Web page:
Joe Biden is on top of the world. Or at least he should be. Throughout his presidency, Biden has been quietly making changes popular with the American people. Yet, polls show Republicans are highly likely to win back the House from Democratic control and are more likely than not to win the Senate. Given the popularity of Biden’s policies, our electoral system ought to be altered to better reflect the will of the people.
Biden's bipartisan infrastructure plan has the support of a majority of Americans. The Democrats’ American Rescue Plan won even more support with 70% of Americans backing it — notably including 73% of independents. It received widespread support for good reason, since the legislation has created 4 million new jobs, and nearly doubled GDP growth while only raising inflation by 0.35%. It also includes the child tax credit, which has lifted 2.9 million children out of poverty.
Additionally, Biden’s economic policies have arguably been the most successfully impactful since President Bill Clinton’s. His successes include an unemployment rate between 3.5% and 4%, down from 6.3% when he took office, and the creation of a record-breaking 10 million jobs since he took office.
The issue of inflation has been used unfairly by Republicans to undermine Biden and the Democrats. Although inflation is a real issue facing many individuals across the country and must be addressed, the tools needed to do so are largely out of the control of either party, and it's illogical to assume electing Republicans would fix the issue.
Inflation is a worldwide issue, not a Democratic one. The United Kingdom, under the conservatives, is experiencing inflation at 10.1%, while the EU’s annual inflation rate stands at 10.7%. The U.S.'s rate is only 8.2%. Inflation is clearly a worldwide issue with roots in the recovery from the COVID-19 pandemic and the war in Ukraine. Coupled with the fact that Republicans' plans for combating inflation are unlikely to succeed according to top economists, Biden cannot reasonably be blamed for the current situation.
The Republican party is also running on an extremely unpopular platform that should be rejected. Republicans are out of step with the majority of Americans on issues such as climate change, Social Security and Medicare. Donald Trump polls at around 40% but most Republican candidates, such as J.D. Vance, embrace him. Many Republicans, such as Herschel Walker and Adam Laxalt, are also running on banning or restricting abortion, despite Roe v. Wade being highly popular with a 60% approval rate.
On Tuesday, the country will decide between Biden’s Democratic Party and the far-right Republican Party. Given that they passed popular policies and cannot be rightfully blamed for inflation and since Republicans are running on deeply unpopular issues, the Democrats should win in a landslide victory. But they won’t. In fact, it's more likely that they will lose. This boils down to two simple factors: the mainstream media and structural biases against Democrats.
The media, including “liberal” news organizations, often publishes articles disadvantaging Democrats. The attempted assassination of the Speaker of the House did not make the front page of The New York Times while 2017’s Congressional Baseball Shooting, where a GOP lawmaker was shot, did. Additionally, many voters think we are in a recession — despite there being no economic consensus on this position — due to the media’s communication on the issue.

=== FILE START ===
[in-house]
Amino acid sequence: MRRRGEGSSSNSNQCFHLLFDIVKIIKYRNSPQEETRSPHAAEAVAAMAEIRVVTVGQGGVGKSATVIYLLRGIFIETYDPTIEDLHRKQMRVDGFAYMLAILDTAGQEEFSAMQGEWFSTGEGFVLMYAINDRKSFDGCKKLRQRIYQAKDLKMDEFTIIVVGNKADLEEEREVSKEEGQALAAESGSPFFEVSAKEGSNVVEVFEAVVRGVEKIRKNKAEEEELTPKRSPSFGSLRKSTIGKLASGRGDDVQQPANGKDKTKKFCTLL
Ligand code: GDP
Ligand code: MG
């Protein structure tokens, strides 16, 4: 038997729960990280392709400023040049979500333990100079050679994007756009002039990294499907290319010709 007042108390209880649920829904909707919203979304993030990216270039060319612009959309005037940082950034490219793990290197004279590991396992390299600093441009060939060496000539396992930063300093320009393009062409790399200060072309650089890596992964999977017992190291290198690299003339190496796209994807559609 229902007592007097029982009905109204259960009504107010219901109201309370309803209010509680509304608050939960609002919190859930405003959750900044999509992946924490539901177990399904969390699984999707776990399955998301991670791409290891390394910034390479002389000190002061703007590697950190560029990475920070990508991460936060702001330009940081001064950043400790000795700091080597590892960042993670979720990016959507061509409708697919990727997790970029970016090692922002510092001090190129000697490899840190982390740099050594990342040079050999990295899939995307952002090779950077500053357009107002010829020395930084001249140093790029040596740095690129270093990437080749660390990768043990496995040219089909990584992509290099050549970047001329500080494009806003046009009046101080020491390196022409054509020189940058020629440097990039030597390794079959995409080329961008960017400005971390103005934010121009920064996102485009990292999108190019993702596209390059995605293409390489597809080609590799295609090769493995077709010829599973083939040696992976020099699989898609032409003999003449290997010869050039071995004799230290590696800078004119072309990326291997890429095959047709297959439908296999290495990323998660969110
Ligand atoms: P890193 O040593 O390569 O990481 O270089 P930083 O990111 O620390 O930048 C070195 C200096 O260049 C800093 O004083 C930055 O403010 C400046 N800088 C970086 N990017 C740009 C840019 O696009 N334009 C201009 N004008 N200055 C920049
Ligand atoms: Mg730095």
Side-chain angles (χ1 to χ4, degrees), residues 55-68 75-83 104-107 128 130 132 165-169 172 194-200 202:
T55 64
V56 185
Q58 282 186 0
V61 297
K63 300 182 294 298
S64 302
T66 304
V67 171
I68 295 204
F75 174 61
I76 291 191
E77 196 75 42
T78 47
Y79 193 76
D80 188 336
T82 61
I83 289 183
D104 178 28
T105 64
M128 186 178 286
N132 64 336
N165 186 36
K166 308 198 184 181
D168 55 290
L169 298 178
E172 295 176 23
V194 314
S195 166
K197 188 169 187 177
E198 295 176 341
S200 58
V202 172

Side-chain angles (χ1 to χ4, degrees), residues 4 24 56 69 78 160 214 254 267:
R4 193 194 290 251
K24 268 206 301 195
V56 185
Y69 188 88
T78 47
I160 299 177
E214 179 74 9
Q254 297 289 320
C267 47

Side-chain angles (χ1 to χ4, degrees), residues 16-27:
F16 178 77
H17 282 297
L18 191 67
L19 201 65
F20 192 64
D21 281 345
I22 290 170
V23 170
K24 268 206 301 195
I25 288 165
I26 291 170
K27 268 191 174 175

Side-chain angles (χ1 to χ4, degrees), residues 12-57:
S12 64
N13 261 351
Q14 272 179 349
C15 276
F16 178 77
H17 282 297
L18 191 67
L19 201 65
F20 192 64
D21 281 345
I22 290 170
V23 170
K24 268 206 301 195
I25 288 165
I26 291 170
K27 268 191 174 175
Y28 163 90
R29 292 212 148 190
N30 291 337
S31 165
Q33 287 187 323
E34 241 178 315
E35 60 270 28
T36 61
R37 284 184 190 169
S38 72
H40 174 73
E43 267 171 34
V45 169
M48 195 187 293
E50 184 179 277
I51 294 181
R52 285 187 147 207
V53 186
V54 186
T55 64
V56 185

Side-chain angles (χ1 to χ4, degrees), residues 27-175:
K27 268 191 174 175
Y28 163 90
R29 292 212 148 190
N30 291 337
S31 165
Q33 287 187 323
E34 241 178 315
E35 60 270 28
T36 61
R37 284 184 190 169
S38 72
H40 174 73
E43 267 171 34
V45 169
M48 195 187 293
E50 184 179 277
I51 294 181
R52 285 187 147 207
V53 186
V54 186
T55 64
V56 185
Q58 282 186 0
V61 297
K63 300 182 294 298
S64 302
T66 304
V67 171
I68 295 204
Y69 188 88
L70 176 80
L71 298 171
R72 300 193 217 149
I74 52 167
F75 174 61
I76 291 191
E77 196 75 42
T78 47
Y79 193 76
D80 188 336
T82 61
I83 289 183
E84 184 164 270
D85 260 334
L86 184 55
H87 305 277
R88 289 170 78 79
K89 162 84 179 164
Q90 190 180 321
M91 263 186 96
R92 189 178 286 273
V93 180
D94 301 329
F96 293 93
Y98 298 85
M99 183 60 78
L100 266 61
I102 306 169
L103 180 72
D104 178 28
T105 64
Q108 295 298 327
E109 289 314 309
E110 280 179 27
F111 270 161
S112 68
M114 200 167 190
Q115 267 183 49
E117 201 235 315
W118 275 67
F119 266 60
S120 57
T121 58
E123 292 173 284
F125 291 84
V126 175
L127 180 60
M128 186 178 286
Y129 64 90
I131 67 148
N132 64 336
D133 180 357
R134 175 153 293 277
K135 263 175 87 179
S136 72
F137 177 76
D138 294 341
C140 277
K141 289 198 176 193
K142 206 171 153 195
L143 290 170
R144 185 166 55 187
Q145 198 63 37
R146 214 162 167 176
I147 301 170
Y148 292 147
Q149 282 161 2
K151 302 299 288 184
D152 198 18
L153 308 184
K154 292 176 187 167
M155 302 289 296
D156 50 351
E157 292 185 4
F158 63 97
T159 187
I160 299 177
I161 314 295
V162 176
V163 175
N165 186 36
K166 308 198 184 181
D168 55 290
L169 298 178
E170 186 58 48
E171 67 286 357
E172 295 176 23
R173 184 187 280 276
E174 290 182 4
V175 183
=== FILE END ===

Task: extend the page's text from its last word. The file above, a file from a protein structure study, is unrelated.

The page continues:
Additionally, as a result of Republican gerrymandering and realities of the Senate, Democrats have to receive far more votes than Republicans to win majorities in the two chambers. In the Senate, small states have an advantage due to each state receiving two senators no matter the population. Small state bias allows for states with smaller populations to arrest the will of the majority of Americans. In cases such as climate change where progress is both necessary and popular but cannot get passed, this poses a threat to our democracy.
The numbers prove this anti-Democratic discrepancy. If Democrats score a 4 percentage point victory over Republicans, they still only have a 50-50 chance of keeping their majority and would likely lose the Senate if they won 51% of the nationwide popular vote. The House has also been proven to be unfair to Democrats — with a consistent four- to six-point advantage for Republicans throughout the past 10 years. Redistricting has reduced this advantage, though it will likely still have a one to twopoint effect. We can visualize these discrepancies with this jaw-dropping figure: Democratic senators represent 41.5 million more people than Republican senators do, despite Democrats and Republicans being equally represented in the Senate.
Luckily, there are many solutions to fixing the structural biases that plague our governing institutions. First, we could pass the John Lewis Voting Rights Act to end partisan gerrymandering and increase voter turnout. Second, we could make the Senate a fairer government body by granting Washington D.C. and Puerto Rico statehood, which would give a vote to those whose voices are currently silenced. Finally, we could consider ways to make the House of Representatives more representative, such as James Madison’s proposed constitutional amendment capping the number of people within each district.
And while there is not much we can do to fix media bias, except perhaps go into media careers after graduation, voters must examine the facts present in elections and make logical choices based on them — not on the sensationalism present in the media and headlines. We need to recognize the powerful forces at play that are leading this election toward an outcome that does not represent the popular will of the people. We need to promote reforms to these flawed American institutions and vote for candidates who will fight for a fairer and more representative America.